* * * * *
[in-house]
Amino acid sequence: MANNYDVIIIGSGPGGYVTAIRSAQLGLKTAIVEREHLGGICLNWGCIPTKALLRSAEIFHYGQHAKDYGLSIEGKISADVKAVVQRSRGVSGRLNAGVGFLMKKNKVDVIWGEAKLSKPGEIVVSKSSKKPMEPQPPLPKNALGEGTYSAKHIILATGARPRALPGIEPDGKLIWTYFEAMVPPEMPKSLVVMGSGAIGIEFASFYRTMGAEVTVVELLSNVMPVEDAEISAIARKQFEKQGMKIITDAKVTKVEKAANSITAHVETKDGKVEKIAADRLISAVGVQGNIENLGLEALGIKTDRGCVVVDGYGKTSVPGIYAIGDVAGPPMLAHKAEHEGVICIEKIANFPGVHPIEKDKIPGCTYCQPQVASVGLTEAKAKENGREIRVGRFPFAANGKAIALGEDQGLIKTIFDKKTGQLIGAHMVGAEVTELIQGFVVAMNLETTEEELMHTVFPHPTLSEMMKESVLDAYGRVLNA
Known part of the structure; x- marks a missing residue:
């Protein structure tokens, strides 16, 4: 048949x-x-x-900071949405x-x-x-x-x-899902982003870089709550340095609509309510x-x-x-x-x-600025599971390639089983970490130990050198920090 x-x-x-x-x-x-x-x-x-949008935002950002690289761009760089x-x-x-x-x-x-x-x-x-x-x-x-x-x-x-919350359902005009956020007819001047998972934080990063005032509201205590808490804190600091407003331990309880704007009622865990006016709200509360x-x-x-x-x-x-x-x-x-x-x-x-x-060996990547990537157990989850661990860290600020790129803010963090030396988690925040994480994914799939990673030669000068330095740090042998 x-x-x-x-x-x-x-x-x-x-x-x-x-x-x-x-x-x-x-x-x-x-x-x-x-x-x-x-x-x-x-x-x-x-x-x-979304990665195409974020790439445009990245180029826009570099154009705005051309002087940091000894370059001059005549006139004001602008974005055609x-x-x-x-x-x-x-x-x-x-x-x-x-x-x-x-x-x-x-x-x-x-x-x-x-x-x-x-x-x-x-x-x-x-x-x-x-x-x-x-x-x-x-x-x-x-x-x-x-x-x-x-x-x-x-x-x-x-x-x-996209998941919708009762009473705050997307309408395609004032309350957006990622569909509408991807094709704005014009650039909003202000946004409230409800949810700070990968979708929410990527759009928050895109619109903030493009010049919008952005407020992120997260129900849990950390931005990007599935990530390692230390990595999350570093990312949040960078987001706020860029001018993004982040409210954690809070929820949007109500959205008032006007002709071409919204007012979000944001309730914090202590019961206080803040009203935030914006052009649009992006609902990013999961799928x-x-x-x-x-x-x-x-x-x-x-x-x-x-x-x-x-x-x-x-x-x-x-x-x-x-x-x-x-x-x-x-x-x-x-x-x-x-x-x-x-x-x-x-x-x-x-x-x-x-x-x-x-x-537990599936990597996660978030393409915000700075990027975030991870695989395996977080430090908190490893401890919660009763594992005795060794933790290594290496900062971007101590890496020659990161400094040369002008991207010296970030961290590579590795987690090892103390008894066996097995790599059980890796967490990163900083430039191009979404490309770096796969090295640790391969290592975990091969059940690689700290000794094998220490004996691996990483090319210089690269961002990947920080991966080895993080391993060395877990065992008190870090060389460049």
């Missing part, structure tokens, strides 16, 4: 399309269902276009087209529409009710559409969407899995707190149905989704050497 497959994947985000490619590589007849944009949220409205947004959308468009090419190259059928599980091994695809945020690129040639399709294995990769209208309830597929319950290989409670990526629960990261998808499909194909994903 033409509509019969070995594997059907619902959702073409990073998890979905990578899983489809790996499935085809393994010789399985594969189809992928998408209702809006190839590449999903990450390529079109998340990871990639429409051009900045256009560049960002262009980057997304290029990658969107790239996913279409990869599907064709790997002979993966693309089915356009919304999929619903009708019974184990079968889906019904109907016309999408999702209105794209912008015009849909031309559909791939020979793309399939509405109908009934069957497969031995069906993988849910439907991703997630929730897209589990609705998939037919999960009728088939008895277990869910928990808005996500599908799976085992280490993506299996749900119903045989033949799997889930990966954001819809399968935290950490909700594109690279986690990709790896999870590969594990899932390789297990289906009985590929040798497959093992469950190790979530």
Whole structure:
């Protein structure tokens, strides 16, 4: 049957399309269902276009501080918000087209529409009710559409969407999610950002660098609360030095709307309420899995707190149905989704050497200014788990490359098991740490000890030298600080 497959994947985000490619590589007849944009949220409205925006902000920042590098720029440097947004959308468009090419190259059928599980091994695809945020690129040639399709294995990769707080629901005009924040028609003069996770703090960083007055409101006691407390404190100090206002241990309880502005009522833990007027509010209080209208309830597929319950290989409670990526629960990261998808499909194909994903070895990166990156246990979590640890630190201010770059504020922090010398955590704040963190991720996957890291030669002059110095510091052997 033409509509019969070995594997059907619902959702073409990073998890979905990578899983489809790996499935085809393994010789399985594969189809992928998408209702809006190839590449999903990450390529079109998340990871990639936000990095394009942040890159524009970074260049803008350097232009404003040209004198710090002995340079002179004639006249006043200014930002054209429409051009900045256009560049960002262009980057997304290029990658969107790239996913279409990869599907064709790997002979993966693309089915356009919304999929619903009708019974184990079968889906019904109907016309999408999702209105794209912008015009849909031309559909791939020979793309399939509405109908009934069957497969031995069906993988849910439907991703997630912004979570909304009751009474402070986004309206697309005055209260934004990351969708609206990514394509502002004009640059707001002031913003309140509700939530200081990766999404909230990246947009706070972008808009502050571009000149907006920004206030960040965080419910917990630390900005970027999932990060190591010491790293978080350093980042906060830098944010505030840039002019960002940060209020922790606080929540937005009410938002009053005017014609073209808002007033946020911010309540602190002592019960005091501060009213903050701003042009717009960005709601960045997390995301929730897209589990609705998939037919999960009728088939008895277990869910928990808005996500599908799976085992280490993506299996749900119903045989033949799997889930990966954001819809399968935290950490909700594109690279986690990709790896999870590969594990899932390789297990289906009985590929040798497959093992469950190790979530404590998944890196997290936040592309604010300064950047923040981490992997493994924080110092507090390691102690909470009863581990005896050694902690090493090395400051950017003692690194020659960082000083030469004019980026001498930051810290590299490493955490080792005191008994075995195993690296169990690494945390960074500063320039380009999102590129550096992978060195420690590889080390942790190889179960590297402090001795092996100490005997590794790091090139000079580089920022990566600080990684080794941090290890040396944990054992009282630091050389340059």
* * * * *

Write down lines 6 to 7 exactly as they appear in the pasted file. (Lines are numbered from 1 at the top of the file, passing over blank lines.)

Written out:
Whole structure:
């Protein structure tokens, strides 16, 4: 049957399309269902276009501080918000087209529409009710559409969407999610950002660098609360030095709307309420899995707190149905989704050497200014788990490359098991740490000890030298600080 497959994947985000490619590589007849944009949220409205925006902000920042590098720029440097947004959308468009090419190259059928599980091994695809945020690129040639399709294995990769707080629901005009924040028609003069996770703090960083007055409101006691407390404190100090206002241990309880502005009522833990007027509010209080209208309830597929319950290989409670990526629960990261998808499909194909994903070895990166990156246990979590640890630190201010770059504020922090010398955590704040963190991720996957890291030669002059110095510091052997 033409509509019969070995594997059907619902959702073409990073998890979905990578899983489809790996499935085809393994010789399985594969189809992928998408209702809006190839590449999903990450390529079109998340990871990639936000990095394009942040890159524009970074260049803008350097232009404003040209004198710090002995340079002179004639006249006043200014930002054209429409051009900045256009560049960002262009980057997304290029990658969107790239996913279409990869599907064709790997002979993966693309089915356009919304999929619903009708019974184990079968889906019904109907016309999408999702209105794209912008015009849909031309559909791939020979793309399939509405109908009934069957497969031995069906993988849910439907991703997630912004979570909304009751009474402070986004309206697309005055209260934004990351969708609206990514394509502002004009640059707001002031913003309140509700939530200081990766999404909230990246947009706070972008808009502050571009000149907006920004206030960040965080419910917990630390900005970027999932990060190591010491790293978080350093980042906060830098944010505030840039002019960002940060209020922790606080929540937005009410938002009053005017014609073209808002007033946020911010309540602190002592019960005091501060009213903050701003042009717009960005709601960045997390995301929730897209589990609705998939037919999960009728088939008895277990869910928990808005996500599908799976085992280490993506299996749900119903045989033949799997889930990966954001819809399968935290950490909700594109690279986690990709790896999870590969594990899932390789297990289906009985590929040798497959093992469950190790979530404590998944890196997290936040592309604010300064950047923040981490992997493994924080110092507090390691102690909470009863581990005896050694902690090493090395400051950017003692690194020659960082000083030469004019980026001498930051810290590299490493955490080792005191008994075995195993690296169990690494945390960074500063320039380009999102590129550096992978060195420690590889080390942790190889179960590297402090001795092996100490005997590794790091090139000079580089920022990566600080990684080794941090290890040396944990054992009282630091050389340059």